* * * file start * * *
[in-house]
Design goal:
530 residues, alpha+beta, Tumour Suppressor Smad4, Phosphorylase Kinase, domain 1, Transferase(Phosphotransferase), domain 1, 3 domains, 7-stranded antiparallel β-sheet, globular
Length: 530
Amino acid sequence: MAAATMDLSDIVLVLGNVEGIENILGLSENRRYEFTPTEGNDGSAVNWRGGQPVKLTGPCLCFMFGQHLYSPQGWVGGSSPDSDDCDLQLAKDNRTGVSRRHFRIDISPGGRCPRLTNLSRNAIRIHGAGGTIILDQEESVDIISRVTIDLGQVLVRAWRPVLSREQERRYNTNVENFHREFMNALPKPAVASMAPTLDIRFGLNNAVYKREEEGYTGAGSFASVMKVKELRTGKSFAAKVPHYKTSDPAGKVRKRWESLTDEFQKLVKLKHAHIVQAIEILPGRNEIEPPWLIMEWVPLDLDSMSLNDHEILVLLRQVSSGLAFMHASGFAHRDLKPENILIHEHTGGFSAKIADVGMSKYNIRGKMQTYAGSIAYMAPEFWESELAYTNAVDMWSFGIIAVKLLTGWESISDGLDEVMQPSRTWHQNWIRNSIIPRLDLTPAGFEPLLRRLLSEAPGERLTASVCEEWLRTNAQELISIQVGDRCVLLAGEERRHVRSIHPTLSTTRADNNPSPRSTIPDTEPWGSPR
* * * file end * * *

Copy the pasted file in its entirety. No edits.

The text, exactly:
[in-house]
Design goal:
530 residues, alpha+beta, Tumour Suppressor Smad4, Phosphorylase Kinase, domain 1, Transferase(Phosphotransferase), domain 1, 3 domains, 7-stranded antiparallel β-sheet, globular
Length: 530
Amino acid sequence: MAAATMDLSDIVLVLGNVEGIENILGLSENRRYEFTPTEGNDGSAVNWRGGQPVKLTGPCLCFMFGQHLYSPQGWVGGSSPDSDDCDLQLAKDNRTGVSRRHFRIDISPGGRCPRLTNLSRNAIRIHGAGGTIILDQEESVDIISRVTIDLGQVLVRAWRPVLSREQERRYNTNVENFHREFMNALPKPAVASMAPTLDIRFGLNNAVYKREEEGYTGAGSFASVMKVKELRTGKSFAAKVPHYKTSDPAGKVRKRWESLTDEFQKLVKLKHAHIVQAIEILPGRNEIEPPWLIMEWVPLDLDSMSLNDHEILVLLRQVSSGLAFMHASGFAHRDLKPENILIHEHTGGFSAKIADVGMSKYNIRGKMQTYAGSIAYMAPEFWESELAYTNAVDMWSFGIIAVKLLTGWESISDGLDEVMQPSRTWHQNWIRNSIIPRLDLTPAGFEPLLRRLLSEAPGERLTASVCEEWLRTNAQELISIQVGDRCVLLAGEERRHVRSIHPTLSTTRADNNPSPRSTIPDTEPWGSPR